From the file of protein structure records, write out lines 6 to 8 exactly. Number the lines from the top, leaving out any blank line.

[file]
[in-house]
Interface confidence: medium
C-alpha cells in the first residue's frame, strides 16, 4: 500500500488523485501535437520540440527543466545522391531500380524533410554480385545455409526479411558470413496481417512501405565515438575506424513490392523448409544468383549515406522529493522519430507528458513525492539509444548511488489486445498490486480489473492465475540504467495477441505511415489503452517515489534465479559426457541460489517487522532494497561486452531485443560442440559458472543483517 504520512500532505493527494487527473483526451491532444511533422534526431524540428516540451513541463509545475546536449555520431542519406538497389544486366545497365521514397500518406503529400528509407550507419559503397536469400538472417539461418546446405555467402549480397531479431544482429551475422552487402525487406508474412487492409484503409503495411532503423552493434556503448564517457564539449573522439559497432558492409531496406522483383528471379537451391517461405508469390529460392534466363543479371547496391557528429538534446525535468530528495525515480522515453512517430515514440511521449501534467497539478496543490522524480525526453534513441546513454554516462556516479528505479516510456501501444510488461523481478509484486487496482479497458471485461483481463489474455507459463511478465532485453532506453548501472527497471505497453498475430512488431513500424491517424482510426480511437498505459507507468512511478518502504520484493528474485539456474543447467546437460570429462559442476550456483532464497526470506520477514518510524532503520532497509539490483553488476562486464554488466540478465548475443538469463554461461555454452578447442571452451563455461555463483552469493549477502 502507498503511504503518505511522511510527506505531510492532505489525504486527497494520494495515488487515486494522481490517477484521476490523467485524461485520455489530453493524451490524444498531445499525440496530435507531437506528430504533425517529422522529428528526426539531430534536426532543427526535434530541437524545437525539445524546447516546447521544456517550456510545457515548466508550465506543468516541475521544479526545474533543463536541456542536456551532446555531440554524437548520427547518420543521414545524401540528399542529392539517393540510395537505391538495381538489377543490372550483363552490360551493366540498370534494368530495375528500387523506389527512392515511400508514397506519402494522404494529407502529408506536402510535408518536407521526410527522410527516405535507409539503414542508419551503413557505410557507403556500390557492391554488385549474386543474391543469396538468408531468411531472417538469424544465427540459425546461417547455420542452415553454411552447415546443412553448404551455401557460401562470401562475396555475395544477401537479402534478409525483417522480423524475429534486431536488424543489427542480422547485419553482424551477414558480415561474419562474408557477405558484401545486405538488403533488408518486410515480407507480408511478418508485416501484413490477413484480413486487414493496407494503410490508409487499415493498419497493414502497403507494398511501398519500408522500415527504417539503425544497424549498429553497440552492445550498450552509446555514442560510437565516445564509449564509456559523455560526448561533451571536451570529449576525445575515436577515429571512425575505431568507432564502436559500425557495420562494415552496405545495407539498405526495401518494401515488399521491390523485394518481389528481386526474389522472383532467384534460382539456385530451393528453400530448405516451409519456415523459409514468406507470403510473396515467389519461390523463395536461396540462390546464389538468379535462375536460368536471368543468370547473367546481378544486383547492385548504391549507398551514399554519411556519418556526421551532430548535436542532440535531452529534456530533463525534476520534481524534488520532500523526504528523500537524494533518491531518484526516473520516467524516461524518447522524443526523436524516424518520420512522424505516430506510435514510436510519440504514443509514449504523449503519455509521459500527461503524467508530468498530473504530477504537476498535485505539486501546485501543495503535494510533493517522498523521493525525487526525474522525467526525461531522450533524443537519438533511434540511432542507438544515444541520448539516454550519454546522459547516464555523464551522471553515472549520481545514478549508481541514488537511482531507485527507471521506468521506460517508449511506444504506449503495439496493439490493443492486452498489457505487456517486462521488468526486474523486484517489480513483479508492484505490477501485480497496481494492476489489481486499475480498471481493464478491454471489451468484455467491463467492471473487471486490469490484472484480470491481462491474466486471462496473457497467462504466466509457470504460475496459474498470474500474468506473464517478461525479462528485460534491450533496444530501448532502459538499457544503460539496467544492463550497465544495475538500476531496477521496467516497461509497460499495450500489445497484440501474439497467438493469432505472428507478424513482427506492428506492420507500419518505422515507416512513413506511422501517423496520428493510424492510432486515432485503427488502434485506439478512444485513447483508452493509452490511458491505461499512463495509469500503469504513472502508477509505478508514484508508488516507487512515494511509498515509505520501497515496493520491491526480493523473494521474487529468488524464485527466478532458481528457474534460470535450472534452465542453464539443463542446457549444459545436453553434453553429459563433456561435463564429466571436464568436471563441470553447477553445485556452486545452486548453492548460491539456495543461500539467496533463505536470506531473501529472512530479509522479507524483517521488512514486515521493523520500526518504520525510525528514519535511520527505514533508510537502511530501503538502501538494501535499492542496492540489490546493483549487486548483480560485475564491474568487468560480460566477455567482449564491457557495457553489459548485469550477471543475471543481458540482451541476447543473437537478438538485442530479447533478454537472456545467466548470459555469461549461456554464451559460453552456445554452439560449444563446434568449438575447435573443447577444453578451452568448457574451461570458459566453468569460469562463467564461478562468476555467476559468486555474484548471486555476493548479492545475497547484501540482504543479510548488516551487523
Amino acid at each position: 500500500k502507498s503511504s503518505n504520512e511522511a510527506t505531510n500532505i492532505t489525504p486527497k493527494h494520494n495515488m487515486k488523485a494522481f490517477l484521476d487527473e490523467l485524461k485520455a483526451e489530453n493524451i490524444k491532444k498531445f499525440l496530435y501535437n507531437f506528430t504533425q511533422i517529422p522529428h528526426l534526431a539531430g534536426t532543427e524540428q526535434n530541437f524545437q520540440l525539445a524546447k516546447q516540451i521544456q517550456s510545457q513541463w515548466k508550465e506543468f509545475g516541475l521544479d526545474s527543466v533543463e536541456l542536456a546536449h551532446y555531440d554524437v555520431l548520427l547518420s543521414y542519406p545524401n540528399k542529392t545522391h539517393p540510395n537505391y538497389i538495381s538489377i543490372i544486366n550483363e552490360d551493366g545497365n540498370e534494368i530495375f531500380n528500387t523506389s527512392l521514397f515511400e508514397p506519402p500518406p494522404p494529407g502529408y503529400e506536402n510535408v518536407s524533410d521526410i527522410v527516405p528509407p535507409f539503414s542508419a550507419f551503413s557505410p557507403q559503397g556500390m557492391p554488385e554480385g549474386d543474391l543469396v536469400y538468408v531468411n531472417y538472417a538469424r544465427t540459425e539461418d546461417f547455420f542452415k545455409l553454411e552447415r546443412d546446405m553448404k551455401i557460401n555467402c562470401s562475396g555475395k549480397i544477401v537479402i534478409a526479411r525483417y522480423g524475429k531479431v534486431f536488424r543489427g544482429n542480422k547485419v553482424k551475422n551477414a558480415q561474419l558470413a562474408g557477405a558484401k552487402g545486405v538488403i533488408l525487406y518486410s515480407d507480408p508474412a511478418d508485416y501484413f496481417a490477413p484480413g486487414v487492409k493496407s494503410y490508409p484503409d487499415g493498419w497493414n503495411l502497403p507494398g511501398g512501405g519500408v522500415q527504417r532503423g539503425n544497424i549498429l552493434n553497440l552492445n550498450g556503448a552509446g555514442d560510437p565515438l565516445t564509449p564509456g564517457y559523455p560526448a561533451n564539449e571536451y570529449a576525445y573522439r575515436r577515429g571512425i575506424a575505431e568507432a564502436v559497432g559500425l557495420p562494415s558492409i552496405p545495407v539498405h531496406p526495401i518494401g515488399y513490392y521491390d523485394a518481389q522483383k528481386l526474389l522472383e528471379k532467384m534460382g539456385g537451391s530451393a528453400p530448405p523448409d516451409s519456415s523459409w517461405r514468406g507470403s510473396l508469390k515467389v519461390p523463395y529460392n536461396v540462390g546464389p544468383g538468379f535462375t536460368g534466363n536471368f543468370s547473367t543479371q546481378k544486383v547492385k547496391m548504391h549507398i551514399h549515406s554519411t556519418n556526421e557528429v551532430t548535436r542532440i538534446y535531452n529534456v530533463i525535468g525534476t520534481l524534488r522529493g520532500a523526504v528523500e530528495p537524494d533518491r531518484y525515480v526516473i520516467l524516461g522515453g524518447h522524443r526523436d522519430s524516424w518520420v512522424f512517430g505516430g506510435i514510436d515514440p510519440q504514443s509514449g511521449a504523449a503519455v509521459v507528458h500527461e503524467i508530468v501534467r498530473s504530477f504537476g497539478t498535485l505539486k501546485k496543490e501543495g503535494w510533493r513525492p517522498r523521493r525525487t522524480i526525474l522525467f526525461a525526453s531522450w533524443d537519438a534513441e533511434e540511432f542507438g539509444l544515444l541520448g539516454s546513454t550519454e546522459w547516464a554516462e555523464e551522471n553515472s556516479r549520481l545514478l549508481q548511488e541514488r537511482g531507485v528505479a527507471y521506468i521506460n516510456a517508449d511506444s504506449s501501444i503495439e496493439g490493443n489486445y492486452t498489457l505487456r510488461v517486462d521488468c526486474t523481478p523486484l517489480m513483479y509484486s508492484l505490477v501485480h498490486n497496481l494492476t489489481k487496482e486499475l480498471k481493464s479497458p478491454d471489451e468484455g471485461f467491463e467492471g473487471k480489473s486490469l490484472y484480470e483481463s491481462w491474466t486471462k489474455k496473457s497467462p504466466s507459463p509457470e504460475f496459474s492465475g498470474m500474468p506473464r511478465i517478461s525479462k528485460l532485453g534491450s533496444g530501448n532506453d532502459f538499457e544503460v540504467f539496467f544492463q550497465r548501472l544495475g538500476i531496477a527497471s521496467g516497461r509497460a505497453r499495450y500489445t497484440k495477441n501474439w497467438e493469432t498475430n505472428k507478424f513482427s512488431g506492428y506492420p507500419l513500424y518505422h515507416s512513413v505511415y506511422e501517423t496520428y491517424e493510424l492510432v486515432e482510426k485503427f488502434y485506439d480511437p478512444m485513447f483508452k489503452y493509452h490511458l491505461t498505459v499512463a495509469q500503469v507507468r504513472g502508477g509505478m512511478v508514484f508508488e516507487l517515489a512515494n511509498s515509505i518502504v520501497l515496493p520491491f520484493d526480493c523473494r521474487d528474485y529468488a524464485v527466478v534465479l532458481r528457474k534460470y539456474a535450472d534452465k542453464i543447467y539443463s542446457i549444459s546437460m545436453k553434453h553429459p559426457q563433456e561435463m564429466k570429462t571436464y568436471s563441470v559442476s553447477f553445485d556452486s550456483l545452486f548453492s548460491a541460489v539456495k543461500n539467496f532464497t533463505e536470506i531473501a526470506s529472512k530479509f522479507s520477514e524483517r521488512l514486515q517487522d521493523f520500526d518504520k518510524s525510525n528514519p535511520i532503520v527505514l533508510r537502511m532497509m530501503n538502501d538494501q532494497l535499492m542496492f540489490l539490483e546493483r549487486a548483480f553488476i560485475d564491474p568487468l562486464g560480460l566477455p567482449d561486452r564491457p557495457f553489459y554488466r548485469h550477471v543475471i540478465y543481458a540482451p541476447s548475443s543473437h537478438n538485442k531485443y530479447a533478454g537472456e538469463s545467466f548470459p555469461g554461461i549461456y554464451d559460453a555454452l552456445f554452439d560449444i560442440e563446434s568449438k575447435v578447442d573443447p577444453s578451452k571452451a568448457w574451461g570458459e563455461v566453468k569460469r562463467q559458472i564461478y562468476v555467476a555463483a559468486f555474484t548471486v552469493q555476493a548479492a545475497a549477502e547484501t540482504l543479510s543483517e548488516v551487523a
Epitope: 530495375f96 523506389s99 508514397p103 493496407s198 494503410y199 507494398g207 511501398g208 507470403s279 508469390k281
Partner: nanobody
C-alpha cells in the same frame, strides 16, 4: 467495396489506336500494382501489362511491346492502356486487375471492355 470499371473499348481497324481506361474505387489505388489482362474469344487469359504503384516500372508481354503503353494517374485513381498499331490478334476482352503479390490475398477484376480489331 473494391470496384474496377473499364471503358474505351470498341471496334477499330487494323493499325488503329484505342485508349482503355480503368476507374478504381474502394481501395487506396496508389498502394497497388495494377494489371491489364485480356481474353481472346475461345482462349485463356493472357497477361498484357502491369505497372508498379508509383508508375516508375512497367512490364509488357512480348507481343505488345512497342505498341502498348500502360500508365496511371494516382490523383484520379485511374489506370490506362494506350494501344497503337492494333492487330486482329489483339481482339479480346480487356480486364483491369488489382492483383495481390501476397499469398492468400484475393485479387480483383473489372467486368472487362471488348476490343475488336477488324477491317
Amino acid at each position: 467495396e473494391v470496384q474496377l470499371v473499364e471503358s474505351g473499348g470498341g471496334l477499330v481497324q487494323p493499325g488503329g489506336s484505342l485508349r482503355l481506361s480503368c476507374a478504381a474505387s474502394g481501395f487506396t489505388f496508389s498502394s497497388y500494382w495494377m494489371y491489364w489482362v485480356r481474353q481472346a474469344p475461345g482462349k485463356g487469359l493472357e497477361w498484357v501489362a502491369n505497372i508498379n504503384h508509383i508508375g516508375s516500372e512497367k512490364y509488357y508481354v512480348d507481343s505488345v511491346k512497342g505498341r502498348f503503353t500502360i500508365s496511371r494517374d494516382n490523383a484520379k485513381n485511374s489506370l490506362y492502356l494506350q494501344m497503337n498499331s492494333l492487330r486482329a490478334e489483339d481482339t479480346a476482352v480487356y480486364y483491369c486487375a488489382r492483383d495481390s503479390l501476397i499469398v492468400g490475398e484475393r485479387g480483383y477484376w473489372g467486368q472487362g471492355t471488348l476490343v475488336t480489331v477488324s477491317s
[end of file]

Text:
Partner: nanobody
C-alpha cells in the same frame, strides 16, 4: 467495396489506336500494382501489362511491346492502356486487375471492355 470499371473499348481497324481506361474505387489505388489482362474469344487469359504503384516500372508481354503503353494517374485513381498499331490478334476482352503479390490475398477484376480489331 473494391470496384474496377473499364471503358474505351470498341471496334477499330487494323493499325488503329484505342485508349482503355480503368476507374478504381474502394481501395487506396496508389498502394497497388495494377494489371491489364485480356481474353481472346475461345482462349485463356493472357497477361498484357502491369505497372508498379508509383508508375516508375512497367512490364509488357512480348507481343505488345512497342505498341502498348500502360500508365496511371494516382490523383484520379485511374489506370490506362494506350494501344497503337492494333492487330486482329489483339481482339479480346480487356480486364483491369488489382492483383495481390501476397499469398492468400484475393485479387480483383473489372467486368472487362471488348476490343475488336477488324477491317
Amino acid at each position: 467495396e473494391v470496384q474496377l470499371v473499364e471503358s474505351g473499348g470498341g471496334l477499330v481497324q487494323p493499325g488503329g489506336s484505342l485508349r482503355l481506361s480503368c476507374a478504381a474505387s474502394g481501395f487506396t489505388f496508389s498502394s497497388y500494382w495494377m494489371y491489364w489482362v485480356r481474353q481472346a474469344p475461345g482462349k485463356g487469359l493472357e497477361w498484357v501489362a502491369n505497372i508498379n504503384h508509383i508508375g516508375s516500372e512497367k512490364y509488357y508481354v512480348d507481343s505488345v511491346k512497342g505498341r502498348f503503353t500502360i500508365s496511371r494517374d494516382n490523383a484520379k485513381n485511374s489506370l490506362y492502356l494506350q494501344m497503337n498499331s492494333l492487330r486482329a490478334e489483339d481482339t479480346a476482352v480487356y480486364y483491369c486487375a488489382r492483383d495481390s503479390l501476397i499469398v492468400g490475398e484475393r485479387g480483383y477484376w473489372g467486368q472487362g471492355t471488348l476490343v475488336t480489331v477488324s477491317s